Pseudouridine, which is generated by isomerization of uridine, is the most abundant RNA modification in total RNA [3]. It was recently identified on mRNA and mapped by several groups using similar techniques (PseudoU-seq, Ψ-seq, PSI-seq, and CeU-seq), which use the water-soluble diimide CMCT (1-cyclohexyl-3-(2-morpholinoethyl)-carbodiimide metho-p-toluenesulfonate) to generate strong reverse transcriptase stops at ψ sites [7982]. PseudoU-seq and Ψ-seq identified > 200 and > 300 sites, respectively, on human and yeast mRNAs, and Ψ/U in mRNA has been quantified at around 0.2–0.7% in mammalian cell lines. Direct evidence of biological functions of Ψ on mRNA has yet to be identified, but several findings point to potential biological roles. Ψ affects the secondary structure of RNA and alters stop codon read through [83, 84]. Depletion of the pseudouridine synthase PUS7 decreases the abundance of mRNAs containing Ψ, suggesting that Ψ may also affect transcript stability [80]. Moreover, pseudouridinylation on transcripts is affected by stresses such as heat shock and nutrient deprivation, suggesting that Ψ may be a response to various stresses [79, 80, 82].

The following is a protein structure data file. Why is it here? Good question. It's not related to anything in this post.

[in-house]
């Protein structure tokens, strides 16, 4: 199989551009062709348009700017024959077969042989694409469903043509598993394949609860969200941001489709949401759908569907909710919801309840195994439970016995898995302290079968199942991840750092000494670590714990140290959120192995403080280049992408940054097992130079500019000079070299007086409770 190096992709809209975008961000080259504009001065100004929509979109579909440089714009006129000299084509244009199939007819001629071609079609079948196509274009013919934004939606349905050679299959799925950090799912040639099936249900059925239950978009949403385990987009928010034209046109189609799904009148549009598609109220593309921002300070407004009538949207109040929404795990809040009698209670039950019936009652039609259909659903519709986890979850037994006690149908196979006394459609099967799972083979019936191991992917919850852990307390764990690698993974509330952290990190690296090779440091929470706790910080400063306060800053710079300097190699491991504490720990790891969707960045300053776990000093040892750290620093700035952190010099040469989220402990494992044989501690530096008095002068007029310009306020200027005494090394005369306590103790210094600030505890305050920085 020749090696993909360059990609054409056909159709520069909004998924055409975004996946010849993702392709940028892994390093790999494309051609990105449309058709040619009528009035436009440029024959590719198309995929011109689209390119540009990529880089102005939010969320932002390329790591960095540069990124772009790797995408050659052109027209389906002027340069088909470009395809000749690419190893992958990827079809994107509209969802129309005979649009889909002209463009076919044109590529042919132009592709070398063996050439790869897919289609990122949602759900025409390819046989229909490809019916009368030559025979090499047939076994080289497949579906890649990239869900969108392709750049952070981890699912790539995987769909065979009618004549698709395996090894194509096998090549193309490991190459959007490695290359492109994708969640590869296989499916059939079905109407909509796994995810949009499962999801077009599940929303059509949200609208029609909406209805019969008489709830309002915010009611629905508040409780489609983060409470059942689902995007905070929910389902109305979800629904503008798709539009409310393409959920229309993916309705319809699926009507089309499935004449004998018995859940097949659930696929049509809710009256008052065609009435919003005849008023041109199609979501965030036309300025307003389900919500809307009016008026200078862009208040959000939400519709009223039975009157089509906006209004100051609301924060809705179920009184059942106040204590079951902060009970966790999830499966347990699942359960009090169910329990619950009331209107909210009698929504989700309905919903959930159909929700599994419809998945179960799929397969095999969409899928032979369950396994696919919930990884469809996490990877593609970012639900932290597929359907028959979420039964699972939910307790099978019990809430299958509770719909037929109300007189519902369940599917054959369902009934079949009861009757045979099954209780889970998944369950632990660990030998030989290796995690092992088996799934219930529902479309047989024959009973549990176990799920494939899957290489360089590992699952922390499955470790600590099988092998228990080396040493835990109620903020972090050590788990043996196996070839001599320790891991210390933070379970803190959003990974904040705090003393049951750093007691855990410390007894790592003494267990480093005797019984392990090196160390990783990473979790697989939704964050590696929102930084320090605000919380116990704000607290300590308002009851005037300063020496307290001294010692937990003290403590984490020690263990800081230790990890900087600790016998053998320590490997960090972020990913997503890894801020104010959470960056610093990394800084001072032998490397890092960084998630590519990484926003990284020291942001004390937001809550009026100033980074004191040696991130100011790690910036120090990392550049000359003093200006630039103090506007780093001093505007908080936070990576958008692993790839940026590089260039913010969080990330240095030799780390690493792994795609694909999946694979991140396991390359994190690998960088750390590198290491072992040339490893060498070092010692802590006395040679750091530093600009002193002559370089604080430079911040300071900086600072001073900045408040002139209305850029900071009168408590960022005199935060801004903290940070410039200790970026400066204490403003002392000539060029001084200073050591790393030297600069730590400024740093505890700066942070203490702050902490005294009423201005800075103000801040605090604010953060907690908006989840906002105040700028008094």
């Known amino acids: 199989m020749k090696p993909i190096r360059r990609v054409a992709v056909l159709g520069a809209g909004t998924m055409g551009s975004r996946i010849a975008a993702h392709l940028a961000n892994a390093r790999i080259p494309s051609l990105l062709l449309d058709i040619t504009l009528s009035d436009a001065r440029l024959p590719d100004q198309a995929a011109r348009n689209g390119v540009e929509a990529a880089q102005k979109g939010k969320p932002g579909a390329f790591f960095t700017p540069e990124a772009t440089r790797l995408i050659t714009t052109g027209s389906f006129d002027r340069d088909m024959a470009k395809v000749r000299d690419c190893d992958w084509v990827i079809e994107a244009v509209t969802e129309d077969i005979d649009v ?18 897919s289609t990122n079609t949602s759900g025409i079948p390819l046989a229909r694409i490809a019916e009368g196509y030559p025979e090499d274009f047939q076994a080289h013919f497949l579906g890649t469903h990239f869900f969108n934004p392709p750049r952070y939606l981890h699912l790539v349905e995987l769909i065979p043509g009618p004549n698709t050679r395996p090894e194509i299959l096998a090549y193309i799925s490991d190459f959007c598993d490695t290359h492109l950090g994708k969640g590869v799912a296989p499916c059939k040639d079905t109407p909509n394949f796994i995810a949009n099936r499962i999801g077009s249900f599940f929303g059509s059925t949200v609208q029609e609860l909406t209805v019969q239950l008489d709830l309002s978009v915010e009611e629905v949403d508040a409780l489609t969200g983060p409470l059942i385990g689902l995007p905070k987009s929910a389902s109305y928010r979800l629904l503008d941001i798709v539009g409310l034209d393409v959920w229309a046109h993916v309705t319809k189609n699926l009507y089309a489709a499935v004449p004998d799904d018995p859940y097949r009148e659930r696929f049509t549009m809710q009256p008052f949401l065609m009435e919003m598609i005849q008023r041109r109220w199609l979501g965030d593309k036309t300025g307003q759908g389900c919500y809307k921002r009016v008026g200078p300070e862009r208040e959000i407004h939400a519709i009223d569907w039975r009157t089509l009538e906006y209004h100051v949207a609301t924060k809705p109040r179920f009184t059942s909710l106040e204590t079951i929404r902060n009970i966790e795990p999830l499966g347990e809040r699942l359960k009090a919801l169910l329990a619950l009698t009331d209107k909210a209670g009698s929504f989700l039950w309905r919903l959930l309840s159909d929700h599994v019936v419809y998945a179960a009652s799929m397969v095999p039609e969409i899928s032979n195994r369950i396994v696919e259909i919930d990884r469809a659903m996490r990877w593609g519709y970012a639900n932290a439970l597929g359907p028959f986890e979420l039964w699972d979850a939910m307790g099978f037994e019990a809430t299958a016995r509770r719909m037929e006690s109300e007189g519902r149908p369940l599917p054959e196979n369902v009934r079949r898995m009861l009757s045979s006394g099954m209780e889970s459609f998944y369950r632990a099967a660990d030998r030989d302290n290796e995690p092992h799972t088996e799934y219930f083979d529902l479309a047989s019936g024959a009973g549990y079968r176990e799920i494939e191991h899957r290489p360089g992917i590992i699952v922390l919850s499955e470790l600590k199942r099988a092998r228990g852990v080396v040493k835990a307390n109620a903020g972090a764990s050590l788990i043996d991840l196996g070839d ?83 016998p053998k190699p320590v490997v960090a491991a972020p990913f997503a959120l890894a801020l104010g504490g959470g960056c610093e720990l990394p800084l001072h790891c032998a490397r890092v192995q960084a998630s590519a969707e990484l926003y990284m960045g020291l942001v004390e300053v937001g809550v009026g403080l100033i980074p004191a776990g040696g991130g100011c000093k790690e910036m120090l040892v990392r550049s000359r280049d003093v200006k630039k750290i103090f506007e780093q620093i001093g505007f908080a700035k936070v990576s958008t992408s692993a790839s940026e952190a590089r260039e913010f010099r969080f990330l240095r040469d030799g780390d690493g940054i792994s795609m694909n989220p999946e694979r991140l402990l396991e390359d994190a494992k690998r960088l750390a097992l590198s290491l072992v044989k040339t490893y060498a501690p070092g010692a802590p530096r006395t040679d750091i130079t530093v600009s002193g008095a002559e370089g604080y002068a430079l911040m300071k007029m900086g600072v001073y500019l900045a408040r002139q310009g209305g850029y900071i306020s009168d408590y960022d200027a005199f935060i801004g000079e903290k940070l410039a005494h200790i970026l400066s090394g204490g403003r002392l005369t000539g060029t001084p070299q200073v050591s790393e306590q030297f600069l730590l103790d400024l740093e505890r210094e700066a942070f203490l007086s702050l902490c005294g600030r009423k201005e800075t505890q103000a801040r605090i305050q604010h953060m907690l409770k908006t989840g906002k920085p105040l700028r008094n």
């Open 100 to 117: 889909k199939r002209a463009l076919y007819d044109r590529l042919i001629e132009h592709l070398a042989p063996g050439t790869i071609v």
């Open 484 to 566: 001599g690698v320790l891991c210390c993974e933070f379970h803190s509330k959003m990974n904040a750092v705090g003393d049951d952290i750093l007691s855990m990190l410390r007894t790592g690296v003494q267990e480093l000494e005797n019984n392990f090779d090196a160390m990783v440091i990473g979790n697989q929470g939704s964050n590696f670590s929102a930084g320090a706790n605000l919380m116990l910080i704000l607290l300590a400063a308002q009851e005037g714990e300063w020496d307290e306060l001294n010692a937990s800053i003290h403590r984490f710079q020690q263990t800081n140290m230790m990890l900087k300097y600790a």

Modifications on transfer RNAs and other RNAs

tRNAs contain more modifications than any other RNA species, with each tRNA containing, on average, 14 modifications [74]. Recent studies have identified tRNA demethylases and methyltransferases, as well as the functions of their modifications.

Liu et al. [85] recently identified a tRNA demethylase for the first time; ALKBH1 demethylates m1A58 in tRNAiMet and several other tRNA species. m1A58 increases tRNAiMet stability, and its demethylation by ALKBH1 decreases the rate of protein synthesis. A related demethylase, ALKBH3, removes m6A from tRNA and increases translation efficiency in vitro, though its cellular targets and functions have yet to be identified [86].

m5C on tRNA can also influence translation, particularly affecting stress responses. Deletion of the tRNA m5C methyltransferase NSUN2 reduces tRNA m5C levels and promotes cleavage of unmethylated tRNAs into fragments, which decrease protein translation rates and induce stress response pathways [87]. Lack of Nsun2 in mice leads to an increase in undifferentiated tumor stem cells due to decreased global translation, which increases the self-renewal potential of the tumor-initiating cells [88]. Interestingly, lack of Nsun2 also prevents cells from activating survival pathways when treated with cytotoxic agents, suggesting that the combination of m5C inhibitors and chemotherapeutic agents may effectively treat certain cancers.